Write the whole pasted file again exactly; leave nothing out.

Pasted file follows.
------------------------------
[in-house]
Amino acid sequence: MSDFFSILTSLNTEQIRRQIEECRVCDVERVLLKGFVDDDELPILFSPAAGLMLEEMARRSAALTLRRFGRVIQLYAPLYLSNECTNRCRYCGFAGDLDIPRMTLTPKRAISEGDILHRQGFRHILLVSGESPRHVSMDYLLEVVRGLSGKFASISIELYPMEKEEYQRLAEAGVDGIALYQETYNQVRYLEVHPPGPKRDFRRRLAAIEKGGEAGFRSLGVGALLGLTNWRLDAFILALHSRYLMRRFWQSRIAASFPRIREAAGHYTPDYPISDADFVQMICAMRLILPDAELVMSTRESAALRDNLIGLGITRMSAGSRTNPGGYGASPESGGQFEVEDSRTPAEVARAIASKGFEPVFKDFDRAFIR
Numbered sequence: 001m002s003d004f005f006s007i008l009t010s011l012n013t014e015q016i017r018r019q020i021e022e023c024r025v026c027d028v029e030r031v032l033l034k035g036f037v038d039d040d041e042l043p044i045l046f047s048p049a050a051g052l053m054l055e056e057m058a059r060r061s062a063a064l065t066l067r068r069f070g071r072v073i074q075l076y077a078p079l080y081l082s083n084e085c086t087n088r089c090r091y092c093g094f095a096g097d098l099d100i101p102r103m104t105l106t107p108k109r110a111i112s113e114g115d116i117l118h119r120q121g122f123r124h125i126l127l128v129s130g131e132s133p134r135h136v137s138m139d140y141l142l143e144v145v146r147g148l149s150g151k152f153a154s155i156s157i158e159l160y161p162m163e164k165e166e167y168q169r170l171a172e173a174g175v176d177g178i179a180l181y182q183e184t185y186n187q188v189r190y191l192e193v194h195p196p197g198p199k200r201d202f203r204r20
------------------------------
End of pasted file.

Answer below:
[in-house]
Amino acid sequence: MSDFFSILTSLNTEQIRRQIEECRVCDVERVLLKGFVDDDELPILFSPAAGLMLEEMARRSAALTLRRFGRVIQLYAPLYLSNECTNRCRYCGFAGDLDIPRMTLTPKRAISEGDILHRQGFRHILLVSGESPRHVSMDYLLEVVRGLSGKFASISIELYPMEKEEYQRLAEAGVDGIALYQETYNQVRYLEVHPPGPKRDFRRRLAAIEKGGEAGFRSLGVGALLGLTNWRLDAFILALHSRYLMRRFWQSRIAASFPRIREAAGHYTPDYPISDADFVQMICAMRLILPDAELVMSTRESAALRDNLIGLGITRMSAGSRTNPGGYGASPESGGQFEVEDSRTPAEVARAIASKGFEPVFKDFDRAFIR
Numbered sequence: 001m002s003d004f005f006s007i008l009t010s011l012n013t014e015q016i017r018r019q020i021e022e023c024r025v026c027d028v029e030r031v032l033l034k035g036f037v038d039d040d041e042l043p044i045l046f047s048p049a050a051g052l053m054l055e056e057m058a059r060r061s062a063a064l065t066l067r068r069f070g071r072v073i074q075l076y077a078p079l080y081l082s083n084e085c086t087n088r089c090r091y092c093g094f095a096g097d098l099d100i101p102r103m104t105l106t107p108k109r110a111i112s113e114g115d116i117l118h119r120q121g122f123r124h125i126l127l128v129s130g131e132s133p134r135h136v137s138m139d140y141l142l143e144v145v146r147g148l149s150g151k152f153a154s155i156s157i158e159l160y161p162m163e164k165e166e167y168q169r170l171a172e173a174g175v176d177g178i179a180l181y182q183e184t185y186n187q188v189r190y191l192e193v194h195p196p197g198p199k200r201d202f203r204r20